Upcoming local productions include Mike Newell’s Guernsey, starring Rosamund Pike, in the UK and, for France, Alibi.Com, the latest comedy from Philippe Lacheau, co-creator and star of the Babysitting franchise. Recent German productions include Heidi, which travelled well beyond its home market.
Lupfer confirms Studiocanal is also keen to increase its involvement in TV, following investments in a trio of independent companies: Benedict Cumberbatch’s SunnyMarch TV, Atlantis producer Urban Myth Films and Spain’s Bambu Producciones. These join existing TV units RED and Guilty Party in the UK, Scandinavia’s SAM and Germany’s Tandem. RED and SAM are also developing short format series for new Vivendi unit Studio Plus, for smartphones and tablets.
“We’re not looking to reduce investment in cinema, we want to reinforce it,” says Lupfer. “The plan is instead to grow turnover rather than eat into cinema investment. Ideally we’d like to grow turnover from $696m (€600m) to $928m (€800m).”
A European Netflix?
The Canal Plus Groupe — parent group of Canal Plus and Studiocanal — is one of three key pillars of the Vivendi empire alongside the Universal Music Group and events-and-venues unit Vivendi Village. Vincent Bolloré is Vivendi’s biggest shareholder with a 14.5% stake and wants to create synergies between these three poles to create a pan-European business group focusing on production and distribution of content, with a strong European bias. He wants to create a company capable of taking on the US giants of Netflix and Amazon.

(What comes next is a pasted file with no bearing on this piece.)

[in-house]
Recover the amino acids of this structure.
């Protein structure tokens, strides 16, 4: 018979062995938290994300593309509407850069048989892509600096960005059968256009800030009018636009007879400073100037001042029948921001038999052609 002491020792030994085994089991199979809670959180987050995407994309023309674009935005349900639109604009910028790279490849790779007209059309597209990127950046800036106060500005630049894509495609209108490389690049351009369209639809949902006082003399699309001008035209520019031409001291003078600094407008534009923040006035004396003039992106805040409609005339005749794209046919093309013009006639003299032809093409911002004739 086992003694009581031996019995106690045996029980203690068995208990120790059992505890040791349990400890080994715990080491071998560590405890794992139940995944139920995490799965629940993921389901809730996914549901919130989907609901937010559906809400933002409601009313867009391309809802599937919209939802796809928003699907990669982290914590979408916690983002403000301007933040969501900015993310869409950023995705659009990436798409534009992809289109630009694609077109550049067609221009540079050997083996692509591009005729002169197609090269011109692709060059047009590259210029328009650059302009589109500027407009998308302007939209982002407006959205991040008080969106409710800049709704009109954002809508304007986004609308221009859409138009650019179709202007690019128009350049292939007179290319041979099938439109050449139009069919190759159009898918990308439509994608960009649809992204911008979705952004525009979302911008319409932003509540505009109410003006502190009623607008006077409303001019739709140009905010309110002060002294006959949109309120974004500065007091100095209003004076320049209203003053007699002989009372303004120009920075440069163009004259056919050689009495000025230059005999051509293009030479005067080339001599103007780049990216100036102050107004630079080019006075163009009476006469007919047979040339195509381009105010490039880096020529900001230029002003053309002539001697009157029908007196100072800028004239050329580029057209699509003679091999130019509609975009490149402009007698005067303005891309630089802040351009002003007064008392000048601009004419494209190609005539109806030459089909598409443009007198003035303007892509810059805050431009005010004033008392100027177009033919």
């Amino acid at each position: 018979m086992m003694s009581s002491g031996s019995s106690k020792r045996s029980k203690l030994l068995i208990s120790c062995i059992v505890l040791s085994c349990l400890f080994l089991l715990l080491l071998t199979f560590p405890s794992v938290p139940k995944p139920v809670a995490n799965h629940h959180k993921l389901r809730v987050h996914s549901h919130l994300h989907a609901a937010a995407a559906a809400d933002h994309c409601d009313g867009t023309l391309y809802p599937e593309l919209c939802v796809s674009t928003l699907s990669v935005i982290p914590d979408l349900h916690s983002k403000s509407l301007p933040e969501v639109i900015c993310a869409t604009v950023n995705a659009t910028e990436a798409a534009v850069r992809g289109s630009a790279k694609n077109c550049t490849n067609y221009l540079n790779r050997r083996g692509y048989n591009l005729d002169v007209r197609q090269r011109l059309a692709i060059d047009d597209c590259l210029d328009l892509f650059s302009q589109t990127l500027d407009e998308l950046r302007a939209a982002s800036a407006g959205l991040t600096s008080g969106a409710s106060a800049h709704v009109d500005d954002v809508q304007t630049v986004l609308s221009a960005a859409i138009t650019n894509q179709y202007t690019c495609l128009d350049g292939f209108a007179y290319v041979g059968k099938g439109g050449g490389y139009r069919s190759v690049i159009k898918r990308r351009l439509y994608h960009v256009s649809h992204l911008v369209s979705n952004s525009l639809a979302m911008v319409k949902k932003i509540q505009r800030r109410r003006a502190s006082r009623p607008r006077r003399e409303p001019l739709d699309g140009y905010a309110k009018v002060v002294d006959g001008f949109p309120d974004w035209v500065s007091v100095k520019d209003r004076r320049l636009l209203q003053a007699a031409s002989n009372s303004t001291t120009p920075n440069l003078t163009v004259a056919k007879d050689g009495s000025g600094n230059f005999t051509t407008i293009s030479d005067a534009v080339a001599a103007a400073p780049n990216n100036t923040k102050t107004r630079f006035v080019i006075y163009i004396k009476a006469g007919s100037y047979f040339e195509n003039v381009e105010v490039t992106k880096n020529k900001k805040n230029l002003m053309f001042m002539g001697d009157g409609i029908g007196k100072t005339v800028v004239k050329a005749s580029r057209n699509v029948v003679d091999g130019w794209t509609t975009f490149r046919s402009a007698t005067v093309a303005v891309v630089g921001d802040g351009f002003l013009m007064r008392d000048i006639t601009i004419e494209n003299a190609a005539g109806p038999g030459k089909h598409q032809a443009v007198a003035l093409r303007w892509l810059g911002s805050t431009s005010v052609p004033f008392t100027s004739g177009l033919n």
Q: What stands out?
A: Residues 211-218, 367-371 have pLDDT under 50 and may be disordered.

Since Bolloré took the reins two years ago, the group has acquired a number of companies across the region. Vivendi has taken a 26.2% stake in European TV production giant Banijay Group and aggressively upped its shares in games companies Gameloft and Ubisoft, although neither entity is keen to enter the Vivendi fold wholesale.
On the distribution front, the group took a 30% stake in French film distributor Mars Films earlier this year, adding to its existing distribution activities in France, the UK and Germany. In what could be a major game-changer, Vivendi recently acquired Italian pay-TV channel Media Premium, as well as upping its ownership of Telecom Italia to 24.9% as part of a move to expand its reach into the southern European territories of Italy and Spain.
On the digital front, Vivendi acquired 80% of French online video site Dailymotion in June 2015 and is the owner of the German SVoD platform Watchever.